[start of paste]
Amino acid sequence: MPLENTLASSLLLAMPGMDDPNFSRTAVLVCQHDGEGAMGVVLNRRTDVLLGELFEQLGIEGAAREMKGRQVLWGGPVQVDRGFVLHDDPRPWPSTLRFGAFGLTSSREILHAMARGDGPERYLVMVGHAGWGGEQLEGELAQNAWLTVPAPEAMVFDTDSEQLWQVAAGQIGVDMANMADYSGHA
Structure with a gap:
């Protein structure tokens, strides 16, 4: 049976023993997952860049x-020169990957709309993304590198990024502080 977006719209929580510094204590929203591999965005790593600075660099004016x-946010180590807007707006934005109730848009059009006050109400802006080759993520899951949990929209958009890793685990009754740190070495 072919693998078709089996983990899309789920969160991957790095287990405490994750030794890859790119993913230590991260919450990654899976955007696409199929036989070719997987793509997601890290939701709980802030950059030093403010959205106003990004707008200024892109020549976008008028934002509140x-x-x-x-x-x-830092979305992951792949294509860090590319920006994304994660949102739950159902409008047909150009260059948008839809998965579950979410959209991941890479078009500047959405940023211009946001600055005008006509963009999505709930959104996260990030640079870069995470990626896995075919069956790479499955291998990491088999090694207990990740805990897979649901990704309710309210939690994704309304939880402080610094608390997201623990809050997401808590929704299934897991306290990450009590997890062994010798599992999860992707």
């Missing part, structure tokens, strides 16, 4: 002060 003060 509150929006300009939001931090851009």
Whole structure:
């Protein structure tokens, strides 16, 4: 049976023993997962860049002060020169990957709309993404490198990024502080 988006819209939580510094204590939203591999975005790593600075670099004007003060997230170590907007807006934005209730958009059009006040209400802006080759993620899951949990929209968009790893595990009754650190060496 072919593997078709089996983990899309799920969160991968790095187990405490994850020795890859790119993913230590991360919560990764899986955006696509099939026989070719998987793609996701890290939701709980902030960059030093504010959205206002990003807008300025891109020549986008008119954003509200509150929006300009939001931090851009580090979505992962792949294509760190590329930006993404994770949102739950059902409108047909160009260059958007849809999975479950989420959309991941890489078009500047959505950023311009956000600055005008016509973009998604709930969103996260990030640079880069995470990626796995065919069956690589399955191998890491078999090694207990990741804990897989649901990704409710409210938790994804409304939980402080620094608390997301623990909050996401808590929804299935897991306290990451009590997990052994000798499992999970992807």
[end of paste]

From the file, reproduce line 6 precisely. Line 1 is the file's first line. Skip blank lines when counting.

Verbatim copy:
């Protein structure tokens, strides 16, 4: 049976023993997962860049002060020169990957709309993404490198990024502080 988006819209939580510094204590939203591999975005790593600075670099004007003060997230170590907007807006934005209730958009059009006040209400802006080759993620899951949990929209968009790893595990009754650190060496 072919593997078709089996983990899309799920969160991968790095187990405490994850020795890859790119993913230590991360919560990764899986955006696509099939026989070719998987793609996701890290939701709980902030960059030093504010959205206002990003807008300025891109020549986008008119954003509200509150929006300009939001931090851009580090979505992962792949294509760190590329930006993404994770949102739950059902409108047909160009260059958007849809999975479950989420959309991941890489078009500047959505950023311009956000600055005008016509973009998604709930969103996260990030640079880069995470990626796995065919069956690589399955191998890491078999090694207990990741804990897989649901990704409710409210938790994804409304939980402080620094608390997301623990909050996401808590929804299935897991306290990451009590997990052994000798499992999970992807």